To Mary Hewson
ALS: American Philosophical Society
Passy, Jany. 8. 1783
My dear dear Friend,
I sent you sometime since 11 Pamphlets of the same kind with the enclos’d, supposing, as I had heard them well spoken of, that you who are so laudably attentive to the Education of your Children, might possibly find in them some Hints worth your Notice. I find the Work is to go on, and I will send you what comes out for the present Year, if you desire it.1
I receiv’d a Letter last Summer from my excellent old Friend your good Mother.2 I was soon after taken ill with the Gravel & Sciatica, which together harrass’d & confin’d me till very lately. I am now, Thanks to God, freed from both; but the Sciatica has left me Weak on the left Side, so that I go up & down Stairs with Difficulty. I am in other respects at present well & hearty.— Present my sincere Love to her. Nothing would give me greater Pleasure than to see you both once more, well & happy. But you, who are truly sagacious, & honest, & can give good Advice, tell me frankly your Sentiments, whether, in case of a Peace, it will be prudent in me to visit England before I return to America. I have no other Call there, but the Pleasure of seeing my Friends of whom I must again soon take leave; and my Appearing may perhaps exasperate my Enemies. If you think this not of serious Consequence, tell me whether I may come right through London to Kensington, with the View of finding Room in your House; or whether I should take a Lodging in the City, to return to. Don’t let me in the least incommode you.
I forget whether I ever acknowledg’d the Receipt of the Prints of Mr Hewson.3 I have one of them fram’d in my Study. I think it very like. I believe I acquainted you with good M. Dubourg’s Death. He had enlarg’d his little Piece which you translated; and in respect for his Memory, I have had it printed. I enclose a Copy.4
I am sorry to learn the still unsettled State of Mr. Wilkes’s Family.5 Mrs Wilkes is undoubtedly well qualified to teach English here, but I cannot think it would be worth her while to come hither for that purpose. It is true that our Language is in vogue here, and many learn a little of it. But the Instructors are poorly paid, & the Employ precarious and uncertain: the Observation is so general as to have given Rise to a Proverb, Pauvre comme un Maitre de Langue.
I have not yet quite determin’d about sending Bache to England. If I do, he will certainly be plac’d under your Care; for I am much pleas’d and oblig’d by the Readiness with which you kindly undertake to inspect his Education.6
I am concern’d to hear of poor Peirce’s Misfortunes.7 People are rarely fortunate that quit the Profession they were bred to. I believe he was an excellent Farmer, and I think it a pity that he quitted that Calling. I intend sending him Ten Guineas, by a Friend who talks of going soon to London.8 They shall be left with you, so that if his Necessities should press before my Friend arrives, you may safely advance & afterwards deduct such part as you judge proper. I know not how otherwise to help him.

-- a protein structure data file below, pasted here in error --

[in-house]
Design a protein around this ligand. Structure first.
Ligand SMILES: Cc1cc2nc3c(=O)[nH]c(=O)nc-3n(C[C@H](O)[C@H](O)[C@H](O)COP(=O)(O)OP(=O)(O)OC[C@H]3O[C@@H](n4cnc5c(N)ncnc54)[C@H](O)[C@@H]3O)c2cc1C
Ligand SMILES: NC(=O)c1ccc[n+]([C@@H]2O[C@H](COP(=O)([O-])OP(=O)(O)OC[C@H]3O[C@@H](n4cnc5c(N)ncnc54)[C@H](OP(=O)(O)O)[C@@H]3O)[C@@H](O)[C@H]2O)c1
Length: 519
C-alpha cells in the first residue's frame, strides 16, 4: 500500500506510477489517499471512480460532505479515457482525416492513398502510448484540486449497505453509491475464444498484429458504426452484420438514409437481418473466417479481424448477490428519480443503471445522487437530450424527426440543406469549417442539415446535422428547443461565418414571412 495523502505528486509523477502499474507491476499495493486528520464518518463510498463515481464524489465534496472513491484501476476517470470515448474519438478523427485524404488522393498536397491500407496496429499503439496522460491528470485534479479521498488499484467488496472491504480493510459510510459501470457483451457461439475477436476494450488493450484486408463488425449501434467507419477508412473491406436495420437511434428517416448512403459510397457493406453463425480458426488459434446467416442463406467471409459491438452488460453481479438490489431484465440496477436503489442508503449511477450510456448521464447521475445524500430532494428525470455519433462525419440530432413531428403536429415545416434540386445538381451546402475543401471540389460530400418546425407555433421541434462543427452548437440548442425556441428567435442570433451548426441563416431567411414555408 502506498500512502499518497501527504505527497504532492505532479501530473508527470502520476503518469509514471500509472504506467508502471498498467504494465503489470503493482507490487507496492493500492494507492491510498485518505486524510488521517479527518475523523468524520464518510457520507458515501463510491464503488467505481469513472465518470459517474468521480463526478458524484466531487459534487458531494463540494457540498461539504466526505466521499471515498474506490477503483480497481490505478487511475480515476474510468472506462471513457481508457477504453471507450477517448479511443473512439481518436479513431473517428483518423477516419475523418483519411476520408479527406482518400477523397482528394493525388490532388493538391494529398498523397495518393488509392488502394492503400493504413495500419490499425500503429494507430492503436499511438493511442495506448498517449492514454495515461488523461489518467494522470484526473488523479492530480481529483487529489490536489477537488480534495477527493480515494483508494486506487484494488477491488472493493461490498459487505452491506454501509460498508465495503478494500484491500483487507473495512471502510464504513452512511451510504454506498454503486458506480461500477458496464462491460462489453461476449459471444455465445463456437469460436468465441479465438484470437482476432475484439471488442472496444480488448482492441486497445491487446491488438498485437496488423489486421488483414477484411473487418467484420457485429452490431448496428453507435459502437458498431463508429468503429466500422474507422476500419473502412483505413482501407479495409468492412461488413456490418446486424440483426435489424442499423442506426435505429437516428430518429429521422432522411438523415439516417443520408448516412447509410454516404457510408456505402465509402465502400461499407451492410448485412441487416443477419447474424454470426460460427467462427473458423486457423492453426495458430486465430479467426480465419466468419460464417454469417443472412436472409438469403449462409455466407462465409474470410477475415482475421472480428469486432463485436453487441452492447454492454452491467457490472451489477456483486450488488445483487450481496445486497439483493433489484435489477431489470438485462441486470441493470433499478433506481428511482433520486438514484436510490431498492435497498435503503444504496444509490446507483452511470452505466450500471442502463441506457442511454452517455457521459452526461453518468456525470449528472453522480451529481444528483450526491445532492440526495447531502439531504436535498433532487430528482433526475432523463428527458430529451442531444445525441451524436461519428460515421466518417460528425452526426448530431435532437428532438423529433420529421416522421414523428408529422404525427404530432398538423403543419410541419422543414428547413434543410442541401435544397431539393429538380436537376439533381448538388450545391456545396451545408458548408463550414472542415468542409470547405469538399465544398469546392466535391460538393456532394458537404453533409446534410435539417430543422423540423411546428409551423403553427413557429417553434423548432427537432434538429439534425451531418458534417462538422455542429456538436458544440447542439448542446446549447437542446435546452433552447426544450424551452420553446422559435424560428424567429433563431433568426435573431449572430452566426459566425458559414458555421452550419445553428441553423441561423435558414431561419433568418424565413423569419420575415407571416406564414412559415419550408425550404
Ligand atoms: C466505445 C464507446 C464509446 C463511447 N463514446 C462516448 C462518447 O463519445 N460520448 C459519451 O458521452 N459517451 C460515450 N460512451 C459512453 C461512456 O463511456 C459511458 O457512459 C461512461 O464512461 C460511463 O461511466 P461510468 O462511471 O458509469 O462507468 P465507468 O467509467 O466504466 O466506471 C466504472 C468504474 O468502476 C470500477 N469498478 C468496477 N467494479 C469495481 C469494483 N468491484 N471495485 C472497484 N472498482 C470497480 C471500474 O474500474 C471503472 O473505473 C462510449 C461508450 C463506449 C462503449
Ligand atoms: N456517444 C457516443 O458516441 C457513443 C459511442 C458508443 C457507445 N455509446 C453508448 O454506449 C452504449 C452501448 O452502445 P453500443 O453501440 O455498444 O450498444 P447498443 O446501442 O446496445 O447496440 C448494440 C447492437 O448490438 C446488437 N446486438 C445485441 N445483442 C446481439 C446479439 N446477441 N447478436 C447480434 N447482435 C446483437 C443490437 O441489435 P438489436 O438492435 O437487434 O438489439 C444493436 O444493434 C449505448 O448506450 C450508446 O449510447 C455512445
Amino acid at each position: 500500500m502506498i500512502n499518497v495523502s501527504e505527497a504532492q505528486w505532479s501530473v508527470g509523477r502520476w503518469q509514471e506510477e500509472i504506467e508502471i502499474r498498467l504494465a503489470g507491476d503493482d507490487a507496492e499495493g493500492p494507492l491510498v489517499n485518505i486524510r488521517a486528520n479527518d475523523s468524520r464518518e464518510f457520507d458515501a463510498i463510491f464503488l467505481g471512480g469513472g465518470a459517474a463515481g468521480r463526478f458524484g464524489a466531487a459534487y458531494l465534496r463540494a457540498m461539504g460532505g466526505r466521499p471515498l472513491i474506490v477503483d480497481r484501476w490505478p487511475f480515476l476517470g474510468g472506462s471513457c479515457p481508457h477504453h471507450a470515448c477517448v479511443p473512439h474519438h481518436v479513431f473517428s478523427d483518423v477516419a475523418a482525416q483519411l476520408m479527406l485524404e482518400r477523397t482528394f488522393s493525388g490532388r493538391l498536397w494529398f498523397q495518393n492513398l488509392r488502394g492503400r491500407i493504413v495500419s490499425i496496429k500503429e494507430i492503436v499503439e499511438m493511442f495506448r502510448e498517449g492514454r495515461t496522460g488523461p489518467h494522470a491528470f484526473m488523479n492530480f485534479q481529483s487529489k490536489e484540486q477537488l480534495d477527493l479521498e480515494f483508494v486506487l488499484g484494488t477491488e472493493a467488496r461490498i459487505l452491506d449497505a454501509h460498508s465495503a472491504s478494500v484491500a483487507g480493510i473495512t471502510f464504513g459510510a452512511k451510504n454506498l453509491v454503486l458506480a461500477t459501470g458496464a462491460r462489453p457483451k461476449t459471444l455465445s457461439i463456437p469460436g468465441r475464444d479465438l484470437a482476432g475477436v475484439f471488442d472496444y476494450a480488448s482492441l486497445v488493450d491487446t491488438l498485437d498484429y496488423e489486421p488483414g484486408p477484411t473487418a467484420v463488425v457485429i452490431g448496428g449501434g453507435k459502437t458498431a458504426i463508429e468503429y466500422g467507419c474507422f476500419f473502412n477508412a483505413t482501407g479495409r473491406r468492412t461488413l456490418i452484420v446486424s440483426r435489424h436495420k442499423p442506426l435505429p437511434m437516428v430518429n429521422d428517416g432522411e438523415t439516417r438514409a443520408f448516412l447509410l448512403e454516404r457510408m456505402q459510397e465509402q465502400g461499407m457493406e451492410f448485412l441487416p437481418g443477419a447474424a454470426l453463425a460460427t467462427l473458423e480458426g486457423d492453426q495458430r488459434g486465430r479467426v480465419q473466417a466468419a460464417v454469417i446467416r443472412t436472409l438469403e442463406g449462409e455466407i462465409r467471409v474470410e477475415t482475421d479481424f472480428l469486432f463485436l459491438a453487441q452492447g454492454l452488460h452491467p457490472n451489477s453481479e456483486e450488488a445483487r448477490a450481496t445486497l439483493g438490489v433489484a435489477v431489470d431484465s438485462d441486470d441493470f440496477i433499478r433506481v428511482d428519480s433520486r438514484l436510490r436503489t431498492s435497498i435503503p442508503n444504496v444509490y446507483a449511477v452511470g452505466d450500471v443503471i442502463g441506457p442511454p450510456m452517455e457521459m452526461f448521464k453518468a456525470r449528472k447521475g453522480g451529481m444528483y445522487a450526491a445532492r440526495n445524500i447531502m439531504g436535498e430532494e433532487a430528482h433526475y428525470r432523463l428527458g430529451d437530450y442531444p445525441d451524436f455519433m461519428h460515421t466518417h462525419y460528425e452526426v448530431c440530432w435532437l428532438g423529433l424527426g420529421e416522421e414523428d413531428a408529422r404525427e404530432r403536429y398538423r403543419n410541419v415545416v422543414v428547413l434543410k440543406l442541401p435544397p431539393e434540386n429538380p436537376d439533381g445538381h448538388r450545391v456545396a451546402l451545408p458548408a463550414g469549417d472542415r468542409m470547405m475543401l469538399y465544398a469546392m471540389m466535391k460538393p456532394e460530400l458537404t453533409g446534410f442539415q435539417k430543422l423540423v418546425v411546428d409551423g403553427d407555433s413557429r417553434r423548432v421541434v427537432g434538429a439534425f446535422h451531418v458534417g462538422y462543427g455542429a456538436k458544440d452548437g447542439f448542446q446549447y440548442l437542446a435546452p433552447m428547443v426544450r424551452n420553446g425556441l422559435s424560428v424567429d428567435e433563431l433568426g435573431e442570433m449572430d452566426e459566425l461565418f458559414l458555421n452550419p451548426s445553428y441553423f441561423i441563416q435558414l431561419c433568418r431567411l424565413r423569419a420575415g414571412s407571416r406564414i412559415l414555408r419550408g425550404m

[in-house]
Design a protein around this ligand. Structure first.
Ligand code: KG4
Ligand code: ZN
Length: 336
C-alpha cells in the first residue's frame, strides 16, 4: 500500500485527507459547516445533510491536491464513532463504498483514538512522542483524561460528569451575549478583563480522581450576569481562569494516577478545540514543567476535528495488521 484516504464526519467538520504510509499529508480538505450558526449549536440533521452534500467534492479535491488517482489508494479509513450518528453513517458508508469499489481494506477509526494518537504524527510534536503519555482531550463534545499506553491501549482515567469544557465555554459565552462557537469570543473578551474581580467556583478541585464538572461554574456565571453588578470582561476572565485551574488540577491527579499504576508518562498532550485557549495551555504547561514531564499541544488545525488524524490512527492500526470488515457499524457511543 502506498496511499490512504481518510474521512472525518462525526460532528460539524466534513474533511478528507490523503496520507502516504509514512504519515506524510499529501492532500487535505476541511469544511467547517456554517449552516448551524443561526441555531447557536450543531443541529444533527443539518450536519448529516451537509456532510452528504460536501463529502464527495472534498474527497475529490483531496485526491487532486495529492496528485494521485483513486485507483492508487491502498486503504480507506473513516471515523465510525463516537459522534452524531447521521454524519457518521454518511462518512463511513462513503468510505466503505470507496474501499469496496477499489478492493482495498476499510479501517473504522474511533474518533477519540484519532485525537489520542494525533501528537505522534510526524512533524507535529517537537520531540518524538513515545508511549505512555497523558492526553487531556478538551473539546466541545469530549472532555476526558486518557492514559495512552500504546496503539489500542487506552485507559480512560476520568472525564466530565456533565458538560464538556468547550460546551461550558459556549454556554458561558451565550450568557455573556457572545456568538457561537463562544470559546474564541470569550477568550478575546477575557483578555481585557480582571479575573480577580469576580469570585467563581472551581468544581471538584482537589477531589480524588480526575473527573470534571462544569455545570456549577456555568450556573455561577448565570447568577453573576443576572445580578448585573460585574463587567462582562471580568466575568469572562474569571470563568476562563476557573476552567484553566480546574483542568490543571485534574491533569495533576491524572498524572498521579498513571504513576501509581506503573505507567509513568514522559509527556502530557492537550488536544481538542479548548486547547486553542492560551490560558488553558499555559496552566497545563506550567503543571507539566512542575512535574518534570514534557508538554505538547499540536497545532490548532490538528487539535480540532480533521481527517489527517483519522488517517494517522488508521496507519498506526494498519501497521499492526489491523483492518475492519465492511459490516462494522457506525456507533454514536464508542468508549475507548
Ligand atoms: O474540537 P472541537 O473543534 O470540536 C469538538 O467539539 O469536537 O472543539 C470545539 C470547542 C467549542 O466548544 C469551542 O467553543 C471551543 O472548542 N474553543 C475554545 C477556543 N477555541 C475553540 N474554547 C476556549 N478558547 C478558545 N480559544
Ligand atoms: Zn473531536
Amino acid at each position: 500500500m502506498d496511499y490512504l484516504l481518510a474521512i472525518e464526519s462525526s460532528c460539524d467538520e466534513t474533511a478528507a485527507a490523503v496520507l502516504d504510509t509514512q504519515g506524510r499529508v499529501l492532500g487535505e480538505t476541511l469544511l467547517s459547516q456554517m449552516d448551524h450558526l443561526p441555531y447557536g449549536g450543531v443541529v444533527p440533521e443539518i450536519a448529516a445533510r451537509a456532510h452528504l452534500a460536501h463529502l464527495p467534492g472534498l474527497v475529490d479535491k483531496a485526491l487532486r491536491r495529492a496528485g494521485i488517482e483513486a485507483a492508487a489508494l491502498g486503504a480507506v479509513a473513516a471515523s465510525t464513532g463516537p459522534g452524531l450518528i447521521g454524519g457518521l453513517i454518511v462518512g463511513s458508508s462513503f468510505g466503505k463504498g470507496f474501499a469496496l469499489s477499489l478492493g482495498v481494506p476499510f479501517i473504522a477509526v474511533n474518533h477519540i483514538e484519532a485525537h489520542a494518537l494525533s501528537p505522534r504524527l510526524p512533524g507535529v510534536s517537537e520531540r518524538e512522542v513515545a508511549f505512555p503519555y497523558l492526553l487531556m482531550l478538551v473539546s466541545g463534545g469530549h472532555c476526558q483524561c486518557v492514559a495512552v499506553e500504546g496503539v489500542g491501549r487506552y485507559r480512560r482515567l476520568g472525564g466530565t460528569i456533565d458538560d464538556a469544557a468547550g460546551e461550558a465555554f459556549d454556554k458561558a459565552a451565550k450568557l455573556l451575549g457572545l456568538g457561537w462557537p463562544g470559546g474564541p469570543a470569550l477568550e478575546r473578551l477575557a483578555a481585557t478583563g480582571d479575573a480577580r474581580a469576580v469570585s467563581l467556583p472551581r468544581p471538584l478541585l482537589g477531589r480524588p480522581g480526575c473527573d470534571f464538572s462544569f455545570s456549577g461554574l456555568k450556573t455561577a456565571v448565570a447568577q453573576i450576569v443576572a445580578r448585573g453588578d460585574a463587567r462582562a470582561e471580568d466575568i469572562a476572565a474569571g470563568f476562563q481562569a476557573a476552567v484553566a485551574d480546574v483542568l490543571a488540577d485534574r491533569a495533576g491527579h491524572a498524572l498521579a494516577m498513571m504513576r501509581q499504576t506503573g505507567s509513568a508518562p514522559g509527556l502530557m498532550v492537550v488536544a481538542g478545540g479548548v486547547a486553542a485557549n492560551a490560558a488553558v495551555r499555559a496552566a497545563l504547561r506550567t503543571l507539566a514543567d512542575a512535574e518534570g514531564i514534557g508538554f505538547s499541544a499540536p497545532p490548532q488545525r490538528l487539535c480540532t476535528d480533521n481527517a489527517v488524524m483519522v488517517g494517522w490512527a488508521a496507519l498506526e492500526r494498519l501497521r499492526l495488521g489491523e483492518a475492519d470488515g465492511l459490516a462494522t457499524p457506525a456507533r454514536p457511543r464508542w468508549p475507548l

You know how much I love you, and that I am ever, My dear Friend, Yours most sincerely
1. These were monthly installments of L’ami des enfants (Paris, 1782) by Arnaud Berquin (DBF). The work was announced in several issues of the Jour. de Paris (e.g., see that of Dec. 6, 1782) and consisted of fables, stories, dialogues, and short plays for children: Mary Hewson to BF, April 2, 1784 (James S. Bradford, Philadelphia, 1956); Quérard, France littéraire; Tourneux, Correspondance littéraire, XIII, 45.
2. Margaret Stevenson wrote on July 24: XXXVII, 675–6.
3. In December, 1780, BF thanked her for sending prints of her late husband, William: XXXIII, 14; XXXIV, 134.
4. BF’s close friend and editor Jacques Barbeu-Dubourg died in December, 1779. In 1770 Hewson translated his Petit Code de la raison humaine for publication in England, as it had been denied permission for publication in France: XV, 115n; XVII, 185–6, 291; XXXI, 237n, 361n. Dubourg continued to revise and enlarge the work up to the time of his death. A French text consisting of 91 sections was published in England in 1773 and 1774. The manuscript BF inherited consisted of 102 sections, substantially rearranged and to some degree revised from the earlier publication. BF, as he says here, “had it printed.” The question is, when and by whom? As the imprint date is 1782, we speculate that the book was printed in December, shortly before BF wrote the present letter. The type is unquestionably BF’s, but the printing need not have been done at Passy. Pierres’s letter of Dec. 14, discussing fonts that BF is lending him, suggests that Pierres could have taken BF’s type and printed the work clandestinely on his own press.
5. Israel and Elizabeth Wilkes and their two sons were struggling to find gainful employment: XXXVII, 651–2.
6. BF was considering sending BFB to study with Hewson’s sons at the Cheam school: XXXVII, 471–2, 652–3.
7. See James Pearce’s letter of Oct. 29.
8. Probably Benjamin Vaughan, who returned to England the following month; he wrote BF from London on Feb. 25 (APS).